Govt decided to fire PSO board of directors
Islamabad: The government has decided to fire the board of directors of Pakistan State Oil (PSO) the country’s largest firm by revenue for its criticism over the inability of its management to acquire majority shareholding in the strategic Pakistan Refinery Limited.
According to sources, the existing board of directors has already been stopped from functioning on ‘verbal orders from the centre’ for almost a week now, creating a major violation of the statutory regulations of the Securities and Exchange Commission of Pakistan (SECP).
These sources said the government has already appointed Mujahid Eshahi, a chartered accountant by profession from Lahore and a friend of Finance Minister Ishaq Dar, as chairman of the board.
“The board is being reconstituted but it has not been notified yet. The restructuring is in progress”, said Secretary Petroleum Abid Saeed when contacted.
He said it was a routine that every new government appointed a board of its choice and confirmed that the appointment of Mr Eshahi as chairman of the board had been notified after the approval of the prime minister.
He did not agree that replacement of the existing board had anything to do with the PRL issue and expressed his ignorance about the scheduled and then cancelled board meeting on February 19.
He said that legally the previous board remained in place until a new board is notified.
The post of chairman board has been lying vacant for about a year when its former chairman Sohail Wajahat Hussain ceased to hold the post on becoming a minister in the caretaker government.
The assignment was being looked after by senior director of the board Mirza Ikhtiar Baig, an industrialist considered close to the PPP.
Under the SECP rules, all listed companies are required to get their half-yearly financial results approved by the board and made it public in the interest of investors and shareholders within 45 days after December 31.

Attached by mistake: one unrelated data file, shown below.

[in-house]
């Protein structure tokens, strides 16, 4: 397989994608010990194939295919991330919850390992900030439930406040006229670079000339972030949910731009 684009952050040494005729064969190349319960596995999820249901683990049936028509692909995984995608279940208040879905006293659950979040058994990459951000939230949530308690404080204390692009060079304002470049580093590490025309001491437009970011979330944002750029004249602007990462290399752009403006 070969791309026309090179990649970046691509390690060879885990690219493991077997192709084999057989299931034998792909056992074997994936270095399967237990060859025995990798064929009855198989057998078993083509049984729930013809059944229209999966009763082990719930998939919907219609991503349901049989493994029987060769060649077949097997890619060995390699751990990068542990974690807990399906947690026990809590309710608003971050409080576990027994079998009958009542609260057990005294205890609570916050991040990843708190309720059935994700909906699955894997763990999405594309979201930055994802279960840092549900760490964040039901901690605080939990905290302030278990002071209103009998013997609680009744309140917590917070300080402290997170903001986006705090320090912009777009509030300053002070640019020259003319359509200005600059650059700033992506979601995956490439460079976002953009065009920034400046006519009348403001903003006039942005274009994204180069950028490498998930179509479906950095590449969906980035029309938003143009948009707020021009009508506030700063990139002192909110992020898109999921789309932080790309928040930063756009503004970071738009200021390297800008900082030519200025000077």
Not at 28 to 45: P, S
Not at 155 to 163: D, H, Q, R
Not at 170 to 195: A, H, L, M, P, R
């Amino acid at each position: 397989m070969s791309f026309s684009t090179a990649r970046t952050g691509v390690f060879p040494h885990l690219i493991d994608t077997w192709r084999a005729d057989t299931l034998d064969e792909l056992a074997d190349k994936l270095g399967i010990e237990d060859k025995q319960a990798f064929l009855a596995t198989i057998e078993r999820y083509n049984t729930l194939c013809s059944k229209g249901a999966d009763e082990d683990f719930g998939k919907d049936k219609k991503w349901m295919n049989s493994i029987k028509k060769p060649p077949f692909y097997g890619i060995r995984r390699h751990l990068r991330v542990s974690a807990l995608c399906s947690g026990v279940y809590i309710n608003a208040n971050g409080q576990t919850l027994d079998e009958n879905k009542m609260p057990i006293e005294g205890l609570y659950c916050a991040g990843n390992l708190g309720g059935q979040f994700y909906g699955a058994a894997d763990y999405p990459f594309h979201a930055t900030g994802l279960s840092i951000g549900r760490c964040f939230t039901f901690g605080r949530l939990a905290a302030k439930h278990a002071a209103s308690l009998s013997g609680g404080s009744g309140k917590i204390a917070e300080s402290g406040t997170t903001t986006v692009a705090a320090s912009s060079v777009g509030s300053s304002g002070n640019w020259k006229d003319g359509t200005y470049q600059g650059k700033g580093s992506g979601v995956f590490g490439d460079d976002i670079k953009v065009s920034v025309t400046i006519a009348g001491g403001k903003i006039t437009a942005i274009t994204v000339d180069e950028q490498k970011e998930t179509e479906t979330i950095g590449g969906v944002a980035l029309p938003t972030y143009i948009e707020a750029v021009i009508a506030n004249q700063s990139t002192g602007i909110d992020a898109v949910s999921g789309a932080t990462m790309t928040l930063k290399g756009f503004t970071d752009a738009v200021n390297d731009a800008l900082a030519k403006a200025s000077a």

The PSO board was scheduled to consider financial results on February 19 but it was stopped from holding its meeting, a senior executive in PSO said.
He said the SECP was being requested on the advice of the petroleum ministry to condone for few days the mandatory requirement of approval of half-yearly results of PSO.
At the heart of the imbroglio is an offer by Chevron-Caltex to sell its 13 per cent shares in Karachi-based Pakistan Refinery Limited (Rs150bn entity) before it formally winds up its operations in Pakistan.
PSO has about 37pc shares in the PRL which is also jointly owned by Shell Pakistan and Chevron-Caltex. PSO has first right to take over Chevron shares but the one-month deadline for the purpose is reported to have already expired about a week ago.
Informed sources said the acting managing director of PSO Amjad Pervez Janjua did not realise the importance of the investment opportunity in PRL arising out of Chevron-Caltex’s exit from Pakistan in time and took it for approval by the board at the eleventh hour.
The board members strongly criticised Mr Janjua at the board meeting last week for seeking board’s nod on a critical matter in such a hurry and desired that a business proposal should be presented with justifications to enable board members reach a considered decision.
The former managing directors of the PSO had been openly advocating taking over majority shares in PRL for reverse integration of PSO’s business to ensure uninterrupted supply of oil products.
The board members were reportedly also critical of the fact that Mr Janjua continued to hold the top position of PSO even though the prime minister had approved his nomination in July last year as acting MD for three months or till induction of a new MD whichever came first.
Mr Janjua, however, continued to head the company for about eight months now on temporary basis.
When contacted Mr Janjua said the offer for PRL shares was still available to PSO and would remain so until sometime next month.
He said the PSO management was positively looking at the opportunity because it had a strategic value. He said the PSO would start work on the opportunity and present a case to the board for approval.
He did not agree that board was critical of his role but agreed that there was uncertainty over the status of the PSO board although the appointment of the chairman has been notified.